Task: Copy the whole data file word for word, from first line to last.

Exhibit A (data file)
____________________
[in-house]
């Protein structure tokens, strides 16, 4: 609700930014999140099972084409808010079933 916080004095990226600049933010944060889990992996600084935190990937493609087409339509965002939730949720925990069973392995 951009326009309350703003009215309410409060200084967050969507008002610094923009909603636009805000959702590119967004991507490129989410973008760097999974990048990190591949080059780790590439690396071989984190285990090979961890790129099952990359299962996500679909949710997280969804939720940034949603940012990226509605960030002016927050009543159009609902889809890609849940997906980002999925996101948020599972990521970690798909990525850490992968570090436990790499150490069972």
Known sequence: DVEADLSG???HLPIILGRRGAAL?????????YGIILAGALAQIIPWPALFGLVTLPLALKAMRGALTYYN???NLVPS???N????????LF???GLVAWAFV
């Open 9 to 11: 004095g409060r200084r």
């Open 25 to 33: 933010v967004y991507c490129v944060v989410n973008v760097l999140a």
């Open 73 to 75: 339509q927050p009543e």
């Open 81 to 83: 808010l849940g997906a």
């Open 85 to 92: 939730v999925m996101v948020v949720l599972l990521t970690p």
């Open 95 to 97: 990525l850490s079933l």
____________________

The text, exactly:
[in-house]
């Protein structure tokens, strides 16, 4: 609700930014999140099972084409808010079933 916080004095990226600049933010944060889990992996600084935190990937493609087409339509965002939730949720925990069973392995 951009326009309350703003009215309410409060200084967050969507008002610094923009909603636009805000959702590119967004991507490129989410973008760097999974990048990190591949080059780790590439690396071989984190285990090979961890790129099952990359299962996500679909949710997280969804939720940034949603940012990226509605960030002016927050009543159009609902889809890609849940997906980002999925996101948020599972990521970690798909990525850490992968570090436990790499150490069972």
Known sequence: DVEADLSG???HLPIILGRRGAAL?????????YGIILAGALAQIIPWPALFGLVTLPLALKAMRGALTYYN???NLVPS???N????????LF???GLVAWAFV
């Open 9 to 11: 004095g409060r200084r």
């Open 25 to 33: 933010v967004y991507c490129v944060v989410n973008v760097l999140a």
């Open 73 to 75: 339509q927050p009543e």
């Open 81 to 83: 808010l849940g997906a």
């Open 85 to 92: 939730v999925m996101v948020v949720l599972l990521t970690p």
């Open 95 to 97: 990525l850490s079933l």